1. Susan McKinney Steward
Susan Smith McKinney-Steward was born in Weeksville, Brooklyn, and grew up on her father’s pig farm. As a child, she studied with the leading organists in Brooklyn, then taught music in the public schools of Washington, D.C., and later led the choir and played the organ for twenty-eight years at the Bridge Street A.M.E. Church in Brooklyn.
In 1870, she graduated from the newly created New York Medical College for Woman as valedictorian and became the first black female doctor in New York State, and only the third in the country. While practicing medicine from her offices, she helped found the Brooklyn Women’s Homeopathic Hospital and Dispensary in 1881. In 1882, she served on the medical staff of the New York Medical College and Hospital for Women, and pursued postgraduate studies at the Long Island Medical College from 1887 to 1888. She also worked as the resident physician at the Brooklyn Home for the Colored Aged, and served on its governing board from 1892 to 1895.
2. George Washington Carver
George Washington Carver was a prominent African-American scientist and inventor. Carver is best known for the many uses he devised for the peanut. He devised over 100 products using peanuts – including dyes, plastics and gasoline.
He was born into slavery in Diamond, Missouri, around 1864. In 1891 Carver moved to Ames and began his botanical studies the following year as the first black student at Iowa State.
3. Ernest Everett Just
Ernest Everett Just was born August 14, 1883 in Charleston, South Carolina. At an early age, he demonstrated a gift for academic research. In 1907, he was the only person to graduate magna cum laude from Dartmouth College with a degree in zoology, special honors in botany and history, and honors in sociology. Dr. Just then taught at Howard University where he was appointed head of the Department of Zoology in 1912.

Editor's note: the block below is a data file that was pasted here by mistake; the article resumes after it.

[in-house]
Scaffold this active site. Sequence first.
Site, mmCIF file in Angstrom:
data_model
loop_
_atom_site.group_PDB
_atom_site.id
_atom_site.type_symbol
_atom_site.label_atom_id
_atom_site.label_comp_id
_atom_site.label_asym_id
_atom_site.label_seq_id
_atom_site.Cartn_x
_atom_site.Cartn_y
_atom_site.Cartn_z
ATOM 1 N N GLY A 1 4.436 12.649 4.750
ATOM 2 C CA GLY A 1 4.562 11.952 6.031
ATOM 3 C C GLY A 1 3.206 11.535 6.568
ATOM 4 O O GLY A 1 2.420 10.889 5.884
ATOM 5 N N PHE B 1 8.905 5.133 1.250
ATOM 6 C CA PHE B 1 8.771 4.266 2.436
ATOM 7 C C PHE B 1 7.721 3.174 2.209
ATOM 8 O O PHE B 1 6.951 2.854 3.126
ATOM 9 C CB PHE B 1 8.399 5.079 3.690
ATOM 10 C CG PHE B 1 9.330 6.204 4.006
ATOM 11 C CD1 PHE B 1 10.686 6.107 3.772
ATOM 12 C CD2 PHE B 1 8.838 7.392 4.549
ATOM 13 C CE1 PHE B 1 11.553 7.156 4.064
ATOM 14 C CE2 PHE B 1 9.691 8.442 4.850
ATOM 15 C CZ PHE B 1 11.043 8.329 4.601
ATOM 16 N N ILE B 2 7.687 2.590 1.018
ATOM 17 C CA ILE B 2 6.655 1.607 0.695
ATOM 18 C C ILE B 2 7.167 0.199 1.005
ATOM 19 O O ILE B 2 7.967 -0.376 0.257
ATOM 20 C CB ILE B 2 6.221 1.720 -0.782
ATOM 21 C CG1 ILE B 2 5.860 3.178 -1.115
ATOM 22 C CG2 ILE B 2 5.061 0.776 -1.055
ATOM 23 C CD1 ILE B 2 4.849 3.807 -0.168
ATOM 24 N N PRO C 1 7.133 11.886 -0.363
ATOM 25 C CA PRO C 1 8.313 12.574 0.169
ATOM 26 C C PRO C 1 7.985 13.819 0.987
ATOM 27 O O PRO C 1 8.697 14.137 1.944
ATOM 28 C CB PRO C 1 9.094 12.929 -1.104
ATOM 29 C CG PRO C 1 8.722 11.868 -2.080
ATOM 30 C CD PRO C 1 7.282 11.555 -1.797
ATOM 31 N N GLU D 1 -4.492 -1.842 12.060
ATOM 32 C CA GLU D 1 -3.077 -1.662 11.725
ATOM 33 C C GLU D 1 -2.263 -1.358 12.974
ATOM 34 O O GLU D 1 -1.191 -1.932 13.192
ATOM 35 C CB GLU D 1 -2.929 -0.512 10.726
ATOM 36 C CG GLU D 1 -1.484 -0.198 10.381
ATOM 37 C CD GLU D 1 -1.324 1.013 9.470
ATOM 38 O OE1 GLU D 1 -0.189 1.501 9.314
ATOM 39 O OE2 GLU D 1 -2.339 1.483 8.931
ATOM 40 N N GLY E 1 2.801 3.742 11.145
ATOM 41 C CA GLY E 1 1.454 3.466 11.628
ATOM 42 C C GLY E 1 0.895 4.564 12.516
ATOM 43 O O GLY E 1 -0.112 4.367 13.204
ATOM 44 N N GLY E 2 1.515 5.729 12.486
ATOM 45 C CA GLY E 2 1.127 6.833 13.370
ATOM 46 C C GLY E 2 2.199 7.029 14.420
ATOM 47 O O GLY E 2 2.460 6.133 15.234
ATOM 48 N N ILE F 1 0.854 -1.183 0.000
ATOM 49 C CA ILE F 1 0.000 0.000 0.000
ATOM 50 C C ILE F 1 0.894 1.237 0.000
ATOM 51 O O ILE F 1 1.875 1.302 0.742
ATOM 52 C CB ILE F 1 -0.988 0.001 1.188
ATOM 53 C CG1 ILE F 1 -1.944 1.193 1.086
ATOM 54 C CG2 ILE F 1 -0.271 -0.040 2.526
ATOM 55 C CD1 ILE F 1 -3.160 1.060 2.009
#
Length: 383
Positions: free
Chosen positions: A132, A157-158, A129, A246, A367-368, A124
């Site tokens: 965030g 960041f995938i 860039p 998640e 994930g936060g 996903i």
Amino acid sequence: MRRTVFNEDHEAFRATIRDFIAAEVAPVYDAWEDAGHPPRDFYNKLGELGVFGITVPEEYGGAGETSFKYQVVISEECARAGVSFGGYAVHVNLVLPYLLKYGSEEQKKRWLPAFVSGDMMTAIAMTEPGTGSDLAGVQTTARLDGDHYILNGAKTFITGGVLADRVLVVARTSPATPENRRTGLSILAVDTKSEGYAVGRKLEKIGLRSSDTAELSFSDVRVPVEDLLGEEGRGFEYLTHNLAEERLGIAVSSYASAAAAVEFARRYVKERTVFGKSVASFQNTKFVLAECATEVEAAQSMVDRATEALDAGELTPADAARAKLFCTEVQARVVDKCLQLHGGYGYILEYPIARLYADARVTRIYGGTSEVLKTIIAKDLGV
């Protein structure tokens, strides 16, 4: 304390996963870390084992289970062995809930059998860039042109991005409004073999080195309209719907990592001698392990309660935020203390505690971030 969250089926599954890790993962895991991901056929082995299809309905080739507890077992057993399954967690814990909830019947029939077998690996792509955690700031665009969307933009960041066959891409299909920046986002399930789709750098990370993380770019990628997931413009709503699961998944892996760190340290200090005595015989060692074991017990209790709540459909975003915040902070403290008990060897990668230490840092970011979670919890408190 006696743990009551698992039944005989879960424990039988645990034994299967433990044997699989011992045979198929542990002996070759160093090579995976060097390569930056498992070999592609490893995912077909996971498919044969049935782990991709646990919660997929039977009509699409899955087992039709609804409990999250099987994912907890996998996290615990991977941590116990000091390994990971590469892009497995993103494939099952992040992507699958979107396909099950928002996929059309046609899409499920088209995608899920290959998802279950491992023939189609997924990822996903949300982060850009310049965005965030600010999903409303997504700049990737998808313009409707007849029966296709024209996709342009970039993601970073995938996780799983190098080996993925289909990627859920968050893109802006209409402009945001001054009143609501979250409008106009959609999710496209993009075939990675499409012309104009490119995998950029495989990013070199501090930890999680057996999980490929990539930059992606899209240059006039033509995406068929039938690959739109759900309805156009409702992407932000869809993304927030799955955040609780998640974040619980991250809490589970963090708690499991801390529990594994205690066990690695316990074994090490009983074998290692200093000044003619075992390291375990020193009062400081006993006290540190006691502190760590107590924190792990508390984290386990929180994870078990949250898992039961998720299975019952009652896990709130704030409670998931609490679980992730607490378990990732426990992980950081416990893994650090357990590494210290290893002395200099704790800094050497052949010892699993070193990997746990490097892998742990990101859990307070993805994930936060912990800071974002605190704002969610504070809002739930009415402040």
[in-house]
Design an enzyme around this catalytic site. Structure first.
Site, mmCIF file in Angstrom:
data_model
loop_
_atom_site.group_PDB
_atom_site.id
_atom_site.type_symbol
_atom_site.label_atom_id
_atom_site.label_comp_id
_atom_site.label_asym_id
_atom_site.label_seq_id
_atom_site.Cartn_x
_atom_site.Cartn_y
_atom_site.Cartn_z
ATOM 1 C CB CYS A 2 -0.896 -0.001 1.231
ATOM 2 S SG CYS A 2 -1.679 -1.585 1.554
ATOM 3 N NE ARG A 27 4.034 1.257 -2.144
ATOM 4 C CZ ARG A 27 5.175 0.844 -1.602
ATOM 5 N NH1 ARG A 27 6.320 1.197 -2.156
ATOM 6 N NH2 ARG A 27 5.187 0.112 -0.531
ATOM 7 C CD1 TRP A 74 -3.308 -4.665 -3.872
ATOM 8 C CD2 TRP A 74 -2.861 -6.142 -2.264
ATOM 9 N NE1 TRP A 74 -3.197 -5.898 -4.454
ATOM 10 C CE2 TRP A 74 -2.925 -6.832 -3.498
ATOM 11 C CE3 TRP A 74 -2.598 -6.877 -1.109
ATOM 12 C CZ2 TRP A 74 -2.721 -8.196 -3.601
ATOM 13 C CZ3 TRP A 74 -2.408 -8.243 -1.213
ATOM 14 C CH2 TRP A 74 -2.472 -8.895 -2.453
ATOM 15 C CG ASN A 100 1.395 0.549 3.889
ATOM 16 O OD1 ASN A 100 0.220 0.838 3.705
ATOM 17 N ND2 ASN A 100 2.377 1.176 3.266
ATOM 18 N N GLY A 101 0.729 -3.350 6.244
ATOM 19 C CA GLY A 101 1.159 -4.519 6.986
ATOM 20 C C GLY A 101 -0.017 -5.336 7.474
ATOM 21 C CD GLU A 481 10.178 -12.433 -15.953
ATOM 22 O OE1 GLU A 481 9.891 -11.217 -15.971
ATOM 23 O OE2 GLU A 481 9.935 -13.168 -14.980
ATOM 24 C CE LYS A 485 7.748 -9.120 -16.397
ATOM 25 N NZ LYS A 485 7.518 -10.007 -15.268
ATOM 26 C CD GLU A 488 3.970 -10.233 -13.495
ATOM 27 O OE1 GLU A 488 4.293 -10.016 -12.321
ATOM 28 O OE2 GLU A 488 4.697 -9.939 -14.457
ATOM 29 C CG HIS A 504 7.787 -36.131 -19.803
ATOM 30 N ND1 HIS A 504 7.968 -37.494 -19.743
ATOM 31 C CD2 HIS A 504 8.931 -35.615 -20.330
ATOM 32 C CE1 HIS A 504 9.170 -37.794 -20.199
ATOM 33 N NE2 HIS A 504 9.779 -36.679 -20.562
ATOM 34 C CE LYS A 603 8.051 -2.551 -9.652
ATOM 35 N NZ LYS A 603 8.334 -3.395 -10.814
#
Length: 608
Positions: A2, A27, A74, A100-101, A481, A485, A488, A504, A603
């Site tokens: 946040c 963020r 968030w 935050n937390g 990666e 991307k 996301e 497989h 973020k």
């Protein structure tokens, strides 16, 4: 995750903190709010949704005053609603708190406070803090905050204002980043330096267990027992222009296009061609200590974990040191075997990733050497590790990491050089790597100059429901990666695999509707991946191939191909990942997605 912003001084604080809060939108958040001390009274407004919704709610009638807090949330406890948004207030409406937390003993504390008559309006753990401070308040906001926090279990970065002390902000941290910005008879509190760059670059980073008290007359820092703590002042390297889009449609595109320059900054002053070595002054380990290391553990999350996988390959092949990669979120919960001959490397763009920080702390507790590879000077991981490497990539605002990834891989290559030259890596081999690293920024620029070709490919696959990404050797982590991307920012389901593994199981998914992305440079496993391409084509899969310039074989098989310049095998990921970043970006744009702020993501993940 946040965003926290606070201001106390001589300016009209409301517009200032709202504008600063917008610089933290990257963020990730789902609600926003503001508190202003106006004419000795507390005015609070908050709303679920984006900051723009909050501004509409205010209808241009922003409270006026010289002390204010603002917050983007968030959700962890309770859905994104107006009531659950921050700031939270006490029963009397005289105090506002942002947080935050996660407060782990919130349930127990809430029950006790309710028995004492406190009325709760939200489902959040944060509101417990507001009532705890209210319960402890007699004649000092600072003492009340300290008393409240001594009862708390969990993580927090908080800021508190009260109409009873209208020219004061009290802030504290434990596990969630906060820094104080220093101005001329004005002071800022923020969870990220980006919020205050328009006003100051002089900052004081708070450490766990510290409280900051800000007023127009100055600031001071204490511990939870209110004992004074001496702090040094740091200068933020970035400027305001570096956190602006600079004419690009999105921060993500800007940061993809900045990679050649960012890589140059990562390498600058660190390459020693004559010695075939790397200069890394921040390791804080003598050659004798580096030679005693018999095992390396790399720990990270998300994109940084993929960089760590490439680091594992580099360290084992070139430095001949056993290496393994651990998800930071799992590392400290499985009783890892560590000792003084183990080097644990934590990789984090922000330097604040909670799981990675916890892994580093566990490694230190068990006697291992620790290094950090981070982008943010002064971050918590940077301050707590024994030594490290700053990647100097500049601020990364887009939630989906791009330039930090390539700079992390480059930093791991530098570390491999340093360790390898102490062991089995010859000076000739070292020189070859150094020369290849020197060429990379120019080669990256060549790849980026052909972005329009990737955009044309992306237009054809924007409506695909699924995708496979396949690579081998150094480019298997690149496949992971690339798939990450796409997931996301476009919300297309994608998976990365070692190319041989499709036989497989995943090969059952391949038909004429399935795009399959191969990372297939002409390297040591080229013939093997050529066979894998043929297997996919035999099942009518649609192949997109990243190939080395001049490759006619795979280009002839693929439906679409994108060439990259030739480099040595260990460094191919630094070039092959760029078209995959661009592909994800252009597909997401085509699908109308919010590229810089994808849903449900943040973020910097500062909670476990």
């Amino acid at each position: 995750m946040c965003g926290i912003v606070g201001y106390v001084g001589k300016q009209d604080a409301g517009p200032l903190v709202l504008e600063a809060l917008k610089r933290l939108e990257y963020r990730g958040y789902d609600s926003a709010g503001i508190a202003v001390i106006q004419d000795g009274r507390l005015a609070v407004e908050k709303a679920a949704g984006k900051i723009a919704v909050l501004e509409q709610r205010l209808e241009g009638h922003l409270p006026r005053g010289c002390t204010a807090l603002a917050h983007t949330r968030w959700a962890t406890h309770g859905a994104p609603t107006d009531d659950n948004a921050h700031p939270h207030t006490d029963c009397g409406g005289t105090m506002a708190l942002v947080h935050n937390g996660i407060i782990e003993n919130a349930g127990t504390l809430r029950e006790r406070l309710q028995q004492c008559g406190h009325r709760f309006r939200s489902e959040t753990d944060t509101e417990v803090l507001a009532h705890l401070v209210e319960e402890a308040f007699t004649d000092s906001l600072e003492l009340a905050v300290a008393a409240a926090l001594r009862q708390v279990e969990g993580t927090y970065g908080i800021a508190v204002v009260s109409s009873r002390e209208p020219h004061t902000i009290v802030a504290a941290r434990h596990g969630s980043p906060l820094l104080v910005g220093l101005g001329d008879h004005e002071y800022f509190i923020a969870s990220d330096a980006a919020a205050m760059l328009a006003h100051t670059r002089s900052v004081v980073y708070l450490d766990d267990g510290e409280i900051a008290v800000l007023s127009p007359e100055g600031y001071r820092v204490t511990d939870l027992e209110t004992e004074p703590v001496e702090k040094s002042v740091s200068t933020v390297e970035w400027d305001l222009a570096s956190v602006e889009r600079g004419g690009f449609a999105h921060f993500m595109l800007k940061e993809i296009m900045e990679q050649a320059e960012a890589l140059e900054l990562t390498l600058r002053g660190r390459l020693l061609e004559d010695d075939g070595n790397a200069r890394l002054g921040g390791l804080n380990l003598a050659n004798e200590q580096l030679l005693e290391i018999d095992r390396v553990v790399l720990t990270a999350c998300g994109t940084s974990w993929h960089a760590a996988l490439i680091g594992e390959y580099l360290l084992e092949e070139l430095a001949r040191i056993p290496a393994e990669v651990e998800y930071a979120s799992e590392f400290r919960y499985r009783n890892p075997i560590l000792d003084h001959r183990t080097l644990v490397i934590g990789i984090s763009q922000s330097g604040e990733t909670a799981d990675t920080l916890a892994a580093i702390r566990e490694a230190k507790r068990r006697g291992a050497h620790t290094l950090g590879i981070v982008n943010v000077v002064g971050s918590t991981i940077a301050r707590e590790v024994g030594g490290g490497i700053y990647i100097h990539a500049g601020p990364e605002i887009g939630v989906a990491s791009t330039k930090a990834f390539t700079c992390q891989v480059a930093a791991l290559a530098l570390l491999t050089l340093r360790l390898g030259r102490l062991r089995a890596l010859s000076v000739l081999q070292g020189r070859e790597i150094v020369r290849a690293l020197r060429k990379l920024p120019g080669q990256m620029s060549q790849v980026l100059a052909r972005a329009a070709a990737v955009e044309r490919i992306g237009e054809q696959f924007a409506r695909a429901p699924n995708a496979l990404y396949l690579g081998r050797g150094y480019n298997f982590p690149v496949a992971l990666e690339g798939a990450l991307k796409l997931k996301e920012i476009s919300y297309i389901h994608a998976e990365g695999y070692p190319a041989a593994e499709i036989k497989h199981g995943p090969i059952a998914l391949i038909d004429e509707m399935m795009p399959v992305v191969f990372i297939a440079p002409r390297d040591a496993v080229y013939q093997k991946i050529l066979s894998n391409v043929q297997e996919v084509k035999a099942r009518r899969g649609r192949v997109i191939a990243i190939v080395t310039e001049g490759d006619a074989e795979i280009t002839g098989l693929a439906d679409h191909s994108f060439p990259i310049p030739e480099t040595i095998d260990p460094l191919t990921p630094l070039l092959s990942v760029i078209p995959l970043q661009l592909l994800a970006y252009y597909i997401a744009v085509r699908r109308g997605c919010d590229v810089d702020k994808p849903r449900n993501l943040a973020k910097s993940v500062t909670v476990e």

Dr. Just received international acclaim for work he completed during the summers from 1909 to 1930 at the Marine Biological Laboratory (MBL) in Woods Hole, Massachusetts. At MBL, he conducted thousands of experiments studying the fertilization of the marine mammal cell. In 1922, he successfully challenged Jaacque Loeb’s theory of artificial parthenogenesis, pushing the envelope. Using his research conducted at Wood’s Hole, he published his first book entitled, Basic Methods for Experiments on Eggs of Marine Animals. He published his second book in Europe called, The Biology of the Cell Surface.
Featured in Time Magazine as a Black Unsung Hero.
4. Percy Lavon Julian
Percy Lavon Julian was an American research chemist and a pioneer in the chemical synthesis of medicinal drugs from plants.
In addition to an extensive teaching career at such colleges as DePauw University, which would not offer him a professorship because he was African American, Howard University and West Virginia State College, Percy Lavon Julian made significantscientific discoveries in the private sector.
In 1935 Julian developed physostigmine, a drug that is used in the treatment of glaucoma. He also worked with the soybean, developing a protein that helped to develop AeroFoam, a fire extinguisher used by the Navy.
Later, Julian, who held a bachelor’s degree from DePauw, a Master’s degree from Harvard University, and a Ph.D. from the University of Vienna, founded Julian Research, focusing on the production of sterols. He synthesized the female hormone progesterone, and the male hormone testosterone by extracting sterols from soybean oil. His most famous exploit however, is his synthesis of cortisone which is used to treat arthritis and other inflammatory diseases.
Read more from DePauw University